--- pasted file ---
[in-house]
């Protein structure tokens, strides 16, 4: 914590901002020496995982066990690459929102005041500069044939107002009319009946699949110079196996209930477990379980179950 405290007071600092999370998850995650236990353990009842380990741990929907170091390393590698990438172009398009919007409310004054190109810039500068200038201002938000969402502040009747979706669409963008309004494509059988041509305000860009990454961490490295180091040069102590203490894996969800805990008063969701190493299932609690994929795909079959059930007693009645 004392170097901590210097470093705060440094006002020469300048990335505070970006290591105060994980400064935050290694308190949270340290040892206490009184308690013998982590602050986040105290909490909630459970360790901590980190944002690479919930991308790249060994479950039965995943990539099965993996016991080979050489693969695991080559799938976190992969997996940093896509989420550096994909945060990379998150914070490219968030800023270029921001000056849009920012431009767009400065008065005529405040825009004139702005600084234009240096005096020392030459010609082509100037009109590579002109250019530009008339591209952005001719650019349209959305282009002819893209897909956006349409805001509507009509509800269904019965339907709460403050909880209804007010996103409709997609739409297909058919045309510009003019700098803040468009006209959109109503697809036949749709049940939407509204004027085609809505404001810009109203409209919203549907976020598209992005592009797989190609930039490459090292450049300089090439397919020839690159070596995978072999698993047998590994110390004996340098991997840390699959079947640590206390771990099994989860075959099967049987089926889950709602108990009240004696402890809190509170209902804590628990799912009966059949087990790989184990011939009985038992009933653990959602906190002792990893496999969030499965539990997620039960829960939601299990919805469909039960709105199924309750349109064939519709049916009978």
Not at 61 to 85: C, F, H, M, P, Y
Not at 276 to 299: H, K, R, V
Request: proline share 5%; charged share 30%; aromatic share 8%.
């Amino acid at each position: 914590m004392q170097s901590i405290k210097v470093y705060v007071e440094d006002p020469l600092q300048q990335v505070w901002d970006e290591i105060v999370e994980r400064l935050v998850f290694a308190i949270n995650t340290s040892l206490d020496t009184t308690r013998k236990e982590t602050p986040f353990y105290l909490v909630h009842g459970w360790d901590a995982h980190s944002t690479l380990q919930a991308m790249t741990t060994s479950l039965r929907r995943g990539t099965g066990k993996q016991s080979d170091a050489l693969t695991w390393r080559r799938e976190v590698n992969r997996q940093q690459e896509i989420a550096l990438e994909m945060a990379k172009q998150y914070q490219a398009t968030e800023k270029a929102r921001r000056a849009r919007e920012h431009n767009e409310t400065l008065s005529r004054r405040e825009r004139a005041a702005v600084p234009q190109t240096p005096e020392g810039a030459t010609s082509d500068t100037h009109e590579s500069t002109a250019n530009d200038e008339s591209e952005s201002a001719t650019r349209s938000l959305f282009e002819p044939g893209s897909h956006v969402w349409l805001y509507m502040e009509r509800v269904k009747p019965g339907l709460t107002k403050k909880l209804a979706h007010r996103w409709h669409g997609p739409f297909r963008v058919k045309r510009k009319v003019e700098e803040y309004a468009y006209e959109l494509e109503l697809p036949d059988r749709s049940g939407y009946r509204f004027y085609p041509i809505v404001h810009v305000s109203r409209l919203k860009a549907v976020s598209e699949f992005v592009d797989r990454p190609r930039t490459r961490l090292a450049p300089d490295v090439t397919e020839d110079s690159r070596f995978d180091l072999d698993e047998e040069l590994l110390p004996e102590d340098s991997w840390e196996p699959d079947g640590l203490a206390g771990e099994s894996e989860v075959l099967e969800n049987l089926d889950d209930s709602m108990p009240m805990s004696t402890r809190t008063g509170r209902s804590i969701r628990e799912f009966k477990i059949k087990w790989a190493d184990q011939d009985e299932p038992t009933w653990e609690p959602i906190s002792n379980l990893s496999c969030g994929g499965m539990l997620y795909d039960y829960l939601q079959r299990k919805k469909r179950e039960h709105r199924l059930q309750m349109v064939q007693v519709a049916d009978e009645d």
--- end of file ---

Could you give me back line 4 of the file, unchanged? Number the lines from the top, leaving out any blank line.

Not at 276 to 299: H, K, R, V